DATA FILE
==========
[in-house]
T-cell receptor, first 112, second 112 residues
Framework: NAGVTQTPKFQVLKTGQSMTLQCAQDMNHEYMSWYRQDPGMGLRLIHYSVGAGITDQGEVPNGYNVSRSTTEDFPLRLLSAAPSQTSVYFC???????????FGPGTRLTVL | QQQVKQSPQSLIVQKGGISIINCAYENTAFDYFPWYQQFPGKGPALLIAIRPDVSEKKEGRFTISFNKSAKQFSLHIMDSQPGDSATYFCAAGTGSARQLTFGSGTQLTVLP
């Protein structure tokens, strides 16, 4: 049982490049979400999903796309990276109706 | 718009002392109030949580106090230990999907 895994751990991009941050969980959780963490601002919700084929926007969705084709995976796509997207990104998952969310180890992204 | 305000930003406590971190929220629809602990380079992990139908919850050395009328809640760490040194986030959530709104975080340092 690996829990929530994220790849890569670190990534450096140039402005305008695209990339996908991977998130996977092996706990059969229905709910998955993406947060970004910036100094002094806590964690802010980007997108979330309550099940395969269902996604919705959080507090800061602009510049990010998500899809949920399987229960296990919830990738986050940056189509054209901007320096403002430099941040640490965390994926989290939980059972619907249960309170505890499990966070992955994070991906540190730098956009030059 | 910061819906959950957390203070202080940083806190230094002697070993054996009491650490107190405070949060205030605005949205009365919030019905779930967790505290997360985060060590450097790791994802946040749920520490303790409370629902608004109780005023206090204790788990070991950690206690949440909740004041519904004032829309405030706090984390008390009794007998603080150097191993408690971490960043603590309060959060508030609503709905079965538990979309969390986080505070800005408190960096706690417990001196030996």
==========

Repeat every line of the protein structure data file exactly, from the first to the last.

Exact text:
[in-house]
T-cell receptor, first 112, second 112 residues
Framework: NAGVTQTPKFQVLKTGQSMTLQCAQDMNHEYMSWYRQDPGMGLRLIHYSVGAGITDQGEVPNGYNVSRSTTEDFPLRLLSAAPSQTSVYFC???????????FGPGTRLTVL | QQQVKQSPQSLIVQKGGISIINCAYENTAFDYFPWYQQFPGKGPALLIAIRPDVSEKKEGRFTISFNKSAKQFSLHIMDSQPGDSATYFCAAGTGSARQLTFGSGTQLTVLP
């Protein structure tokens, strides 16, 4: 049982490049979400999903796309990276109706 | 718009002392109030949580106090230990999907 895994751990991009941050969980959780963490601002919700084929926007969705084709995976796509997207990104998952969310180890992204 | 305000930003406590971190929220629809602990380079992990139908919850050395009328809640760490040194986030959530709104975080340092 690996829990929530994220790849890569670190990534450096140039402005305008695209990339996908991977998130996977092996706990059969229905709910998955993406947060970004910036100094002094806590964690802010980007997108979330309550099940395969269902996604919705959080507090800061602009510049990010998500899809949920399987229960296990919830990738986050940056189509054209901007320096403002430099941040640490965390994926989290939980059972619907249960309170505890499990966070992955994070991906540190730098956009030059 | 910061819906959950957390203070202080940083806190230094002697070993054996009491650490107190405070949060205030605005949205009365919030019905779930967790505290997360985060060590450097790791994802946040749920520490303790409370629902608004109780005023206090204790788990070991950690206690949440909740004041519904004032829309405030706090984390008390009794007998603080150097191993408690971490960043603590309060959060508030609503709905079965538990979309969390986080505070800005408190960096706690417990001196030996």